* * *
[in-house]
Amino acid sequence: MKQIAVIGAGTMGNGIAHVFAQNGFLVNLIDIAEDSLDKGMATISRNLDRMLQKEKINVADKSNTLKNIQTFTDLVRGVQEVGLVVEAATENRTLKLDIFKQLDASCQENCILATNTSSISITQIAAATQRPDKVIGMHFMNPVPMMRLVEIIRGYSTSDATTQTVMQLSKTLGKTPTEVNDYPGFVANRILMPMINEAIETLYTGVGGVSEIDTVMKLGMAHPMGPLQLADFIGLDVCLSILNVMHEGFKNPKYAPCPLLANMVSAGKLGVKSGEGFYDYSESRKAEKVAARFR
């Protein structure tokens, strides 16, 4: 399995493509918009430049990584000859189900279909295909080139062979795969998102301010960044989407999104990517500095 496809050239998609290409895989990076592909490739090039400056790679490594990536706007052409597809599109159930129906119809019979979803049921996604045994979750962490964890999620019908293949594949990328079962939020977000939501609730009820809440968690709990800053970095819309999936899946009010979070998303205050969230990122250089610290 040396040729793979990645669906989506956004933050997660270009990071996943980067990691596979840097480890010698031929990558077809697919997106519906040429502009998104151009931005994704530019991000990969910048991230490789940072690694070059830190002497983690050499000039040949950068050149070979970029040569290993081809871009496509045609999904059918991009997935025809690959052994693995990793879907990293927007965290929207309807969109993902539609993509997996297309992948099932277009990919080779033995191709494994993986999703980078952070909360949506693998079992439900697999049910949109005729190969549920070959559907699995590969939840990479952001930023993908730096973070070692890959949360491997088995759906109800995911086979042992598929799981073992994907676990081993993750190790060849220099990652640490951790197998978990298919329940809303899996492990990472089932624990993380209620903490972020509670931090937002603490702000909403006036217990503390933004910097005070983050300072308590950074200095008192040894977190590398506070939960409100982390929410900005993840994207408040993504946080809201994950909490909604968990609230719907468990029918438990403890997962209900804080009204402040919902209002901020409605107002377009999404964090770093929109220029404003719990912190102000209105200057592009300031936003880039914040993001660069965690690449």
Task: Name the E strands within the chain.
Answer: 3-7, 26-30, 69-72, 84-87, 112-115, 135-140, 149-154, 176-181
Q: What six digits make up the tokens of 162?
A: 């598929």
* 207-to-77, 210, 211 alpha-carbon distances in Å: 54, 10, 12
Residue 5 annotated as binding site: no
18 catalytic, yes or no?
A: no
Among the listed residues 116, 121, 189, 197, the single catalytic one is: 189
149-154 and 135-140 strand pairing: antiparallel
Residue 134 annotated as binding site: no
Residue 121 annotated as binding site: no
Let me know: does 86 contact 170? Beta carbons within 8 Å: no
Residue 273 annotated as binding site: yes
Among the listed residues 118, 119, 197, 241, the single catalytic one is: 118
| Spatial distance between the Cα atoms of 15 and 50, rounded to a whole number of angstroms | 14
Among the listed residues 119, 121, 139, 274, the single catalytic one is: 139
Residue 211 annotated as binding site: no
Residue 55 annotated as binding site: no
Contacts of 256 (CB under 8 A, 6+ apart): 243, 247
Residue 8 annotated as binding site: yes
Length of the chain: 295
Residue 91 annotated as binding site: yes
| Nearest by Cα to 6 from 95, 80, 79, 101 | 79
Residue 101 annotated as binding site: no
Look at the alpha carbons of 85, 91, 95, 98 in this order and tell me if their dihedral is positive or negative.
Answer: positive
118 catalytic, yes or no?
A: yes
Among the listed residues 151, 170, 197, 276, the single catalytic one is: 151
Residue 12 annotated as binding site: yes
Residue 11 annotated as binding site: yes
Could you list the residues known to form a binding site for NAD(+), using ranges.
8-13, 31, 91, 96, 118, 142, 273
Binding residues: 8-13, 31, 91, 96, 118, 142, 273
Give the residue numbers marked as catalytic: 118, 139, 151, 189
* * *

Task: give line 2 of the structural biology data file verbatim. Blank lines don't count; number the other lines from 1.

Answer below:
Amino acid sequence: MKQIAVIGAGTMGNGIAHVFAQNGFLVNLIDIAEDSLDKGMATISRNLDRMLQKEKINVADKSNTLKNIQTFTDLVRGVQEVGLVVEAATENRTLKLDIFKQLDASCQENCILATNTSSISITQIAAATQRPDKVIGMHFMNPVPMMRLVEIIRGYSTSDATTQTVMQLSKTLGKTPTEVNDYPGFVANRILMPMINEAIETLYTGVGGVSEIDTVMKLGMAHPMGPLQLADFIGLDVCLSILNVMHEGFKNPKYAPCPLLANMVSAGKLGVKSGEGFYDYSESRKAEKVAARFR